6. Reading the big structures
Meaning will be found primarily in the large literary structures of the Bible rather than in isolated, dogmatically selected proof-texts. These natural structures include historical narrative, theological argumentation, sustained prophetic analysis. The reliance of popular Christianity on proof-texts is a pseudo-rationalist strategy that is likely to sound artificial to the postmodern ear.
7. Reading the community of the texts
It may suit a postmodern orientation to think not only in terms of reading the text but also of reading the community that generated and used the texts. Such an approach recognizes that for postmoderns truth comes alive as it is expressed and lived out in community. It would require less imaginative dependence on the New Testament texts, an openness to other literary, historical, archaeological resources.
It might help to think of the New Testament community rather as we think of other Christian communities-for example, the Celtic communities that have proved to have a strong affinity with postmodern spirituality.
8. Eschatology at ground level
The New Testament needs to be interpreted much more deliberately and consistently in relation to the eschatological crisis that marked the end of the age. But we will also need to affirm as far as possible the historical and realistic dimension to eschatological teaching.
We need to develop an eschatology that hovers near the ground of history, that is marked out by the crises of history. Whereas seekers may be struggling to get off the ground, believers tend to have the opposite problem of not being able to keep in touch with reality. Having discovered the thrills of eschatology they are inclined to soar off into orbit either to disappear forever or burn up on re-entry.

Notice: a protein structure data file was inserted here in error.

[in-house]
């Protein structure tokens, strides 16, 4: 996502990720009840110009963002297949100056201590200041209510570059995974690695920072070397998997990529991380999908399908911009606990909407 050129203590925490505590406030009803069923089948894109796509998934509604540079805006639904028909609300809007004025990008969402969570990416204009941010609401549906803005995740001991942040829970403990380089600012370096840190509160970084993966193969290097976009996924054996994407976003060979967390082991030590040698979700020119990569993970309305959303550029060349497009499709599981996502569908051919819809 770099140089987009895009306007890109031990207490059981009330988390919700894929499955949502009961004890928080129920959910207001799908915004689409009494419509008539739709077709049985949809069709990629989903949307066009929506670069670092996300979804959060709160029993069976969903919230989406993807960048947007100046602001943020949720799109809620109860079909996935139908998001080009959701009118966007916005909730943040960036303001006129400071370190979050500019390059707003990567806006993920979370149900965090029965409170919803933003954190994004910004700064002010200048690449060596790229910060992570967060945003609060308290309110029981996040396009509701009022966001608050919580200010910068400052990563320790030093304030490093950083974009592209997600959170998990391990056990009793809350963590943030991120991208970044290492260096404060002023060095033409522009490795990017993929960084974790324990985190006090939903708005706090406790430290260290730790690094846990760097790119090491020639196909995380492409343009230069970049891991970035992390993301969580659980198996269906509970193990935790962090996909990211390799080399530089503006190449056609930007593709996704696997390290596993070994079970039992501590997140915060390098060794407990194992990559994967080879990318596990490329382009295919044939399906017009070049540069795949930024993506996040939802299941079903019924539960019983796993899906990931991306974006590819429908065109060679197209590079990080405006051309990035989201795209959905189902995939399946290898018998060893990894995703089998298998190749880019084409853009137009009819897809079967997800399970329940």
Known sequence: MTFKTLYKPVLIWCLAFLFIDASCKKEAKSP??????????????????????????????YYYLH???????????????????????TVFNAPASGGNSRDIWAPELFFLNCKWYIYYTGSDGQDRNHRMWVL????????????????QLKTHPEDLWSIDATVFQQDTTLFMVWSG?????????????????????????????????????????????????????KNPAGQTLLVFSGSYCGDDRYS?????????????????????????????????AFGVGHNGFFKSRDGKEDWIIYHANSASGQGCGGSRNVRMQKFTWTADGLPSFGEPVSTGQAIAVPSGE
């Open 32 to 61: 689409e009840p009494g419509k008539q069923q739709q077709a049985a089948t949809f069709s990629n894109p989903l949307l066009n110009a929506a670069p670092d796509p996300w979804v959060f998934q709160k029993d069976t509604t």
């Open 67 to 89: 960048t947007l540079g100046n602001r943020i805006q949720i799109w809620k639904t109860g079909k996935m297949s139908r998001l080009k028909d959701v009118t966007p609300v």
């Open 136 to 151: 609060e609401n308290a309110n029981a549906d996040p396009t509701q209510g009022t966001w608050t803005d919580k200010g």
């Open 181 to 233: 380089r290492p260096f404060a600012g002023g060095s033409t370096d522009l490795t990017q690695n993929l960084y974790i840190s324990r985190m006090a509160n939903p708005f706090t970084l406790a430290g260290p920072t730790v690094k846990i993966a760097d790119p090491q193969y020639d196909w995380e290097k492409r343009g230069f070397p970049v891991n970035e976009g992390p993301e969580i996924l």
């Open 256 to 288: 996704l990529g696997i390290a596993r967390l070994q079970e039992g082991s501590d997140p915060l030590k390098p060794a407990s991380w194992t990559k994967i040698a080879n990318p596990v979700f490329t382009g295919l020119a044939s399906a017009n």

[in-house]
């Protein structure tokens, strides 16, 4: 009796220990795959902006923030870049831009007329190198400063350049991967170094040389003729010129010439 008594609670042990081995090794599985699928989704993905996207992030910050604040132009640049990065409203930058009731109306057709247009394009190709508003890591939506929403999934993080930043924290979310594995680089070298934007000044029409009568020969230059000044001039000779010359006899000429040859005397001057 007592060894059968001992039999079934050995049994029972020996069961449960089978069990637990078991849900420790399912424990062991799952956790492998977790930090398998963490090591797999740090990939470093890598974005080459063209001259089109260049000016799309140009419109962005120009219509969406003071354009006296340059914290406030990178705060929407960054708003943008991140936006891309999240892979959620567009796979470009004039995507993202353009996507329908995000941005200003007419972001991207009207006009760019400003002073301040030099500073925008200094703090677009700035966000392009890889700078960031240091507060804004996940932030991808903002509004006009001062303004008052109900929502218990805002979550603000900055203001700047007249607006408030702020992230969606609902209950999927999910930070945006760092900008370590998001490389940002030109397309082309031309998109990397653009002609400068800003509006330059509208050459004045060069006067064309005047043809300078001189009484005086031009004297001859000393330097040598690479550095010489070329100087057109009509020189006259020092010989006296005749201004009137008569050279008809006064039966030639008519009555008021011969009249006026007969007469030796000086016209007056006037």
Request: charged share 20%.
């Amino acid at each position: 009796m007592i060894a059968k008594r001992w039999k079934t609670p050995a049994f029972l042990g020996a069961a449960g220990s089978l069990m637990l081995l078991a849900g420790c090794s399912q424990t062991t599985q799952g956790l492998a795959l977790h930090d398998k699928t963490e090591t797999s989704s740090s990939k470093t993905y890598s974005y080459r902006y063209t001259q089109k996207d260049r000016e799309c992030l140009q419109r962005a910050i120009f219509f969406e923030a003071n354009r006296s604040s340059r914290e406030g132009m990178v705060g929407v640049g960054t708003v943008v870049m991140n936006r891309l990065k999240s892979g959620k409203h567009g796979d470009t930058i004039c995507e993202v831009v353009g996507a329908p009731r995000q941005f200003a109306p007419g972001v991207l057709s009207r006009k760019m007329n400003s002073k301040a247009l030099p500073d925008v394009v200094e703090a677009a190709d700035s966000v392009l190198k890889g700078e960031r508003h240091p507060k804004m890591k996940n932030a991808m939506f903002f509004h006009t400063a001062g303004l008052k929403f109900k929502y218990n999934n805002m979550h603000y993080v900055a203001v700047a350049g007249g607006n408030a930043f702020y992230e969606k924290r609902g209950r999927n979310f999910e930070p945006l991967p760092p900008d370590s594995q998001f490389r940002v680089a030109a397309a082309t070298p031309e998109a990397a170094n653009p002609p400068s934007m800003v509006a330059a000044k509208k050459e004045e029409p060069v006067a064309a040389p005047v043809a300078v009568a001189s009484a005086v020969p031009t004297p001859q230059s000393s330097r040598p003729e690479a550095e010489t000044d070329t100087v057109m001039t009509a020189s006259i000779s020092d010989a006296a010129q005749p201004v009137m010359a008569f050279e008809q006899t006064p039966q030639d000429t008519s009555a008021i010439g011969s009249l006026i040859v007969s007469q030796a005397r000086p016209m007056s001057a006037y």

9. Being read by the text
One problem that arises when we emphasize the historicality and contingency of Scripture is that we make it somewhat remote from personal experience. As sacred text the Bible has an inherent universality and may speak quite naturally to a twenty-first century readership if it is disposed to listen. If we strip away the sacredness, we are left with an ancient document that may lack immediacy and authority. Part of the answer to this is that the reader must learn to enter imaginatively into the ancient world of the Bible. But there is also a need for the church to speak prophetically today, drawing both on the ancient texts, which it is endeavouring to interpret with increasing accuracy, and on the understanding given through the Spirit.
10. Practical usefulness
Our reading of the Bible must be practically useful for the church. We need a discourse that can empower worship, teaching, pastoral ministry, evangelism, and so on.